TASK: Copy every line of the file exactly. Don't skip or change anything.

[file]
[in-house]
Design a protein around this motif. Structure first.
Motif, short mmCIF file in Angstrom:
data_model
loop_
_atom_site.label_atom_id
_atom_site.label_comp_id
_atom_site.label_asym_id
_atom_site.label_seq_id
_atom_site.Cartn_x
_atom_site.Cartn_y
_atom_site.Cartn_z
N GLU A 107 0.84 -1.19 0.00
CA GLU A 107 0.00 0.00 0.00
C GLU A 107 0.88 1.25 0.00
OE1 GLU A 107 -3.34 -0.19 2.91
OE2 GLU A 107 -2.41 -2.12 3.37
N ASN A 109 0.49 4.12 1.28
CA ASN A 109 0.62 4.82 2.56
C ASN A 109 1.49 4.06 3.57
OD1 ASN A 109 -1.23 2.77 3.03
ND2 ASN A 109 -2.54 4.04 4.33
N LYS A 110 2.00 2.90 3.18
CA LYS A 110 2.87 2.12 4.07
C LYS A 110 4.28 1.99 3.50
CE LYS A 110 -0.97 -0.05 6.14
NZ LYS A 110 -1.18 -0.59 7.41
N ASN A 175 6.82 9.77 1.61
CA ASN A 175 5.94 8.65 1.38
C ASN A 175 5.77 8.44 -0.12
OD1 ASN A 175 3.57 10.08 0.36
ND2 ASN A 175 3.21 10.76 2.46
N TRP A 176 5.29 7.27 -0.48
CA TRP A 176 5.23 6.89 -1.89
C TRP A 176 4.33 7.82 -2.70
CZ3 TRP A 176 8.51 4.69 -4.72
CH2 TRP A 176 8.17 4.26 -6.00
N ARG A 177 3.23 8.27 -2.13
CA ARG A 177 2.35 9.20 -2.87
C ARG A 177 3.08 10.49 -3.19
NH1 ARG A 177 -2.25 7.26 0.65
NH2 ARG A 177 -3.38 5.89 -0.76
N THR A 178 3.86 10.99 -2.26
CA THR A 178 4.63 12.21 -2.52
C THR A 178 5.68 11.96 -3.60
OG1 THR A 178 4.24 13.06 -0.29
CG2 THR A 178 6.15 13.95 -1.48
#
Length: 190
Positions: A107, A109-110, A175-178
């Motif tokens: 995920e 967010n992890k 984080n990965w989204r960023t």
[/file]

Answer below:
[in-house]
Design a protein around this motif. Structure first.
Motif, short mmCIF file in Angstrom:
data_model
loop_
_atom_site.label_atom_id
_atom_site.label_comp_id
_atom_site.label_asym_id
_atom_site.label_seq_id
_atom_site.Cartn_x
_atom_site.Cartn_y
_atom_site.Cartn_z
N GLU A 107 0.84 -1.19 0.00
CA GLU A 107 0.00 0.00 0.00
C GLU A 107 0.88 1.25 0.00
OE1 GLU A 107 -3.34 -0.19 2.91
OE2 GLU A 107 -2.41 -2.12 3.37
N ASN A 109 0.49 4.12 1.28
CA ASN A 109 0.62 4.82 2.56
C ASN A 109 1.49 4.06 3.57
OD1 ASN A 109 -1.23 2.77 3.03
ND2 ASN A 109 -2.54 4.04 4.33
N LYS A 110 2.00 2.90 3.18
CA LYS A 110 2.87 2.12 4.07
C LYS A 110 4.28 1.99 3.50
CE LYS A 110 -0.97 -0.05 6.14
NZ LYS A 110 -1.18 -0.59 7.41
N ASN A 175 6.82 9.77 1.61
CA ASN A 175 5.94 8.65 1.38
C ASN A 175 5.77 8.44 -0.12
OD1 ASN A 175 3.57 10.08 0.36
ND2 ASN A 175 3.21 10.76 2.46
N TRP A 176 5.29 7.27 -0.48
CA TRP A 176 5.23 6.89 -1.89
C TRP A 176 4.33 7.82 -2.70
CZ3 TRP A 176 8.51 4.69 -4.72
CH2 TRP A 176 8.17 4.26 -6.00
N ARG A 177 3.23 8.27 -2.13
CA ARG A 177 2.35 9.20 -2.87
C ARG A 177 3.08 10.49 -3.19
NH1 ARG A 177 -2.25 7.26 0.65
NH2 ARG A 177 -3.38 5.89 -0.76
N THR A 178 3.86 10.99 -2.26
CA THR A 178 4.63 12.21 -2.52
C THR A 178 5.68 11.96 -3.60
OG1 THR A 178 4.24 13.06 -0.29
CG2 THR A 178 6.15 13.95 -1.48
#
Length: 190
Positions: A107, A109-110, A175-178
């Motif tokens: 995920e 967010n992890k 984080n990965w989204r960023t």